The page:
Ranter: Noisy TV writer in his late forties

Location: Langer's Deli, 704 S. Alvarado

Time: Noon on a Thursday

Topics Covered: Salary differences between regular writers and creators; projects maybe worth getting to if pilot season doesn't work out; the joys of TV writing; cautionary tales; the failure of Cheers money to guarantee love; the human cost of the demise of R-rated action movies.

Does Rant Include Advice on Whom You Should Not Fuck With: No.

The Rant:

[Noisy TV Writer scarfs his sandwich while gossiping with an old college buddy visiting town. They discuss about old friends.]

Noisy TV Writer: He's on one of those late night shows. He makes 250, maybe 300, but there's nowhere to go. He gives them access to a more sophisticated world than they might have had, but what next?

Me, I'm the type of writer they think of as a creator.

Right now, first year, I could make a million. That's if they pick it up and it goes a full season. They probably won't, but they'll maybe contract me to rewrite. If a pilot gets shot, you get 80. But if it goes to show, and I'm EP, I get a million a year. Then if it goes for four or five, there's syndication. That's easy, a million a year.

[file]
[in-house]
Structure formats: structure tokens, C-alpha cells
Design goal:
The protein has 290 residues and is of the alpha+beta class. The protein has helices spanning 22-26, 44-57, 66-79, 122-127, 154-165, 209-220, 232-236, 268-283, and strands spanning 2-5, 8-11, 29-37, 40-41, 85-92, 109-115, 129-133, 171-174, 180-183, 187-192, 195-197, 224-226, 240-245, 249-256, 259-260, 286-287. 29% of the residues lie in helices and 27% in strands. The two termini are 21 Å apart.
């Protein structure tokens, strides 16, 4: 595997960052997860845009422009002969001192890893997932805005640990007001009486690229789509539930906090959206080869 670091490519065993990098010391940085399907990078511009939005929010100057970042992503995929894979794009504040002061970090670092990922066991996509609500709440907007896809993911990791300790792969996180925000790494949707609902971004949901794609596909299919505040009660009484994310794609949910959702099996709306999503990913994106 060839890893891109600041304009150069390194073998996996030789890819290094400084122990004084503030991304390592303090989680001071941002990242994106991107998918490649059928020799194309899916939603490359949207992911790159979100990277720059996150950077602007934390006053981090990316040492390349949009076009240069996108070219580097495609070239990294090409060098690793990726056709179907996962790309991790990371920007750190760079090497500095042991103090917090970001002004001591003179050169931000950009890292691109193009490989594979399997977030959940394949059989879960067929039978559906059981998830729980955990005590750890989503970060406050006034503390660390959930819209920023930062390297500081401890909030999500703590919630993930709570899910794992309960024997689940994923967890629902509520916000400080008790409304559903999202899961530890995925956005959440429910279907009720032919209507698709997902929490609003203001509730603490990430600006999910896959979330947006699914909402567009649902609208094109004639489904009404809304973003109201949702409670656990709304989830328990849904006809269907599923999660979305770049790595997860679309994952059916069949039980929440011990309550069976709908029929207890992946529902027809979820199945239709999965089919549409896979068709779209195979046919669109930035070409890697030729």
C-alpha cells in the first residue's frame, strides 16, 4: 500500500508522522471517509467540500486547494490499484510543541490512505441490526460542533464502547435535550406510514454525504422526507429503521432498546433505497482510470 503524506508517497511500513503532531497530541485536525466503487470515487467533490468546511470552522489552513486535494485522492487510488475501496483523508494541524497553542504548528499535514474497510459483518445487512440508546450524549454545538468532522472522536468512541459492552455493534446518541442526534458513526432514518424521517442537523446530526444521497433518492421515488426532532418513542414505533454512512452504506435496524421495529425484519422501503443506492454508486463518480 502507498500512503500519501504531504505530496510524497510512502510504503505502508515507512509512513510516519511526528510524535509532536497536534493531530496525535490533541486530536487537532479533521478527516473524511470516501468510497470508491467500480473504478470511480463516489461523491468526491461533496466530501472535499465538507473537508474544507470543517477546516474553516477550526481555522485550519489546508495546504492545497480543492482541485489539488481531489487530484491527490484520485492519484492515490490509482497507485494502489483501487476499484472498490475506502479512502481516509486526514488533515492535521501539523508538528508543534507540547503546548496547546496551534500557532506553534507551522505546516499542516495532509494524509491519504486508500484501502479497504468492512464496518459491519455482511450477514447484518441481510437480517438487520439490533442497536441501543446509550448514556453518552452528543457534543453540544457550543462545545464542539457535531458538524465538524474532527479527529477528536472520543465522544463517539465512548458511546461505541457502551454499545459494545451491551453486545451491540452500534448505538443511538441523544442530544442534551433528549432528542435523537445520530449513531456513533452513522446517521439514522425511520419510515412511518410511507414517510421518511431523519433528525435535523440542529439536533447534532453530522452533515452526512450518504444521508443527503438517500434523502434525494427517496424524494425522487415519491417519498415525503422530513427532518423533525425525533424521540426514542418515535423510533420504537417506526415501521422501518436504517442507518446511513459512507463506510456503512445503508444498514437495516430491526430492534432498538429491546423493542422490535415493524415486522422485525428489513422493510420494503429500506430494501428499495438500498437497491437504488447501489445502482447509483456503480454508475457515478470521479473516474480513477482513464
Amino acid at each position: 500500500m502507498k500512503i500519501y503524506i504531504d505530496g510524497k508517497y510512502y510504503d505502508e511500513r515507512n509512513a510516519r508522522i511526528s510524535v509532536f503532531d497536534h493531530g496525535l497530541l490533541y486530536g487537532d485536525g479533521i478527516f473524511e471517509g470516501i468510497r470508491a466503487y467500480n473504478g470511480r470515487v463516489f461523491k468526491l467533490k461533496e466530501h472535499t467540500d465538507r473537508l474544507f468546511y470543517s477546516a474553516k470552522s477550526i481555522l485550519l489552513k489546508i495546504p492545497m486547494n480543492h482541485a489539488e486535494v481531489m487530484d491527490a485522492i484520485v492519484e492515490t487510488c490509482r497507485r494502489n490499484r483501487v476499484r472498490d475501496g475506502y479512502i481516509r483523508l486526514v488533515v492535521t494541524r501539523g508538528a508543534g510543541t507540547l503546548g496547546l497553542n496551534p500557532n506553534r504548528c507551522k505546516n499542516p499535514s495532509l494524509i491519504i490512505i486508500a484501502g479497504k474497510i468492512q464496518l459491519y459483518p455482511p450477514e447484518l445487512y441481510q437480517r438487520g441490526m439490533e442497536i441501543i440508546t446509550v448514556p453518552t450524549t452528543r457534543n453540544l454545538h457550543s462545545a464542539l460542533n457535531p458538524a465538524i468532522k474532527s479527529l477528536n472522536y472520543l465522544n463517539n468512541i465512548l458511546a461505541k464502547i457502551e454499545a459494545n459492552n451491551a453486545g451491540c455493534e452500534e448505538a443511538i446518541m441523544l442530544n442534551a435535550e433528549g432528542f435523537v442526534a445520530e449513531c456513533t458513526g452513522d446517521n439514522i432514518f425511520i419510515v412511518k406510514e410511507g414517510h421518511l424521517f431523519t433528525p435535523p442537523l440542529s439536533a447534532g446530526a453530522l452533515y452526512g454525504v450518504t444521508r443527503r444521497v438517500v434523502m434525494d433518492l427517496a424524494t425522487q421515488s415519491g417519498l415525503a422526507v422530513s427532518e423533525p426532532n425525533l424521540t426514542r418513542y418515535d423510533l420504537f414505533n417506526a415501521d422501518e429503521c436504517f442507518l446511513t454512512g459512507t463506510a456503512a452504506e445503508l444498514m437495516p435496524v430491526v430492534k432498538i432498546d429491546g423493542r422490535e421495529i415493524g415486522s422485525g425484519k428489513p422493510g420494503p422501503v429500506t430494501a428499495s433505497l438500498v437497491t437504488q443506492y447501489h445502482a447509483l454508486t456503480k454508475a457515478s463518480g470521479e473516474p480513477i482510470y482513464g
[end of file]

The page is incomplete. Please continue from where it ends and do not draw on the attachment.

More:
If not, I'm toying with the idea of a book or another play. Not movies – I hate movies. But TV is the way to do it. You get a lot of money, millions of people see it, and there's some high-class stuff these days. Even at NBC.

But lots of these guys, there's a clique of them, they're cautionary tales. I have a low tolerance for them. They don't create. There's that one who wrote for Seinfeld for a couple years, made his million, and now what? They just write into their 40s and get a little rich and vanish. I know one who did Cheers and now does some journalism for National Review. He's a libertarian in a big house in Venice without a girlfriend!

All those guys in the '80s wrote their Die Hardish movies and don't know what to do now that those movies are dead. They sit around in their houses and feel like life has passed them by.

[College Buddy mentions a girl they both knew.]

Noisy TV Writer: I saw her. She's pretty. I mean, make-up helps, but she's pretty.

LA Weekly